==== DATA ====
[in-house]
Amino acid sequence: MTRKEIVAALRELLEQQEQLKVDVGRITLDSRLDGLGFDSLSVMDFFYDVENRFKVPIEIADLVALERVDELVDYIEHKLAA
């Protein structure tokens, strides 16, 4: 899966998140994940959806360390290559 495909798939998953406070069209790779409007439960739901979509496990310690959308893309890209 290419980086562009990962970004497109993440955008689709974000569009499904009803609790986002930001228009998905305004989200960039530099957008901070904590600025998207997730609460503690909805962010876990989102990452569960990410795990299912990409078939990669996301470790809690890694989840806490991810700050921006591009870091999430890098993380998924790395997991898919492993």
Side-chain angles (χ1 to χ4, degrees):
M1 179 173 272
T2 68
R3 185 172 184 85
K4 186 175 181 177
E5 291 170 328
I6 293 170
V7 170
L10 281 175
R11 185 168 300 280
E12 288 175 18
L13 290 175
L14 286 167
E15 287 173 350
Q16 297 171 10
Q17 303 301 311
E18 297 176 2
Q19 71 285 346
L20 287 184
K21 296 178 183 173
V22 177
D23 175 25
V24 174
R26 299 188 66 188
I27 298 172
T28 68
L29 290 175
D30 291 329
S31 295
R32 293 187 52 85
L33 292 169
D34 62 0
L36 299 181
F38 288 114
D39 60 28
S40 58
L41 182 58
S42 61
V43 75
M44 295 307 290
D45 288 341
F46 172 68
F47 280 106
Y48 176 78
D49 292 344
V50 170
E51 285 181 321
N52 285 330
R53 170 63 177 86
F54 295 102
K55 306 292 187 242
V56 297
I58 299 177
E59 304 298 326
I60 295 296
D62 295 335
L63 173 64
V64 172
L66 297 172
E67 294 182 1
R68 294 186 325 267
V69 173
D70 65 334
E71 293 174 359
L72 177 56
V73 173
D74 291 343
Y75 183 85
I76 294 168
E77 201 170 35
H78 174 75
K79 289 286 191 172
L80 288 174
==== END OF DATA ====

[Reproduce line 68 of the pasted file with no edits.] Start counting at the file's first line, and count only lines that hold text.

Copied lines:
L72 177 56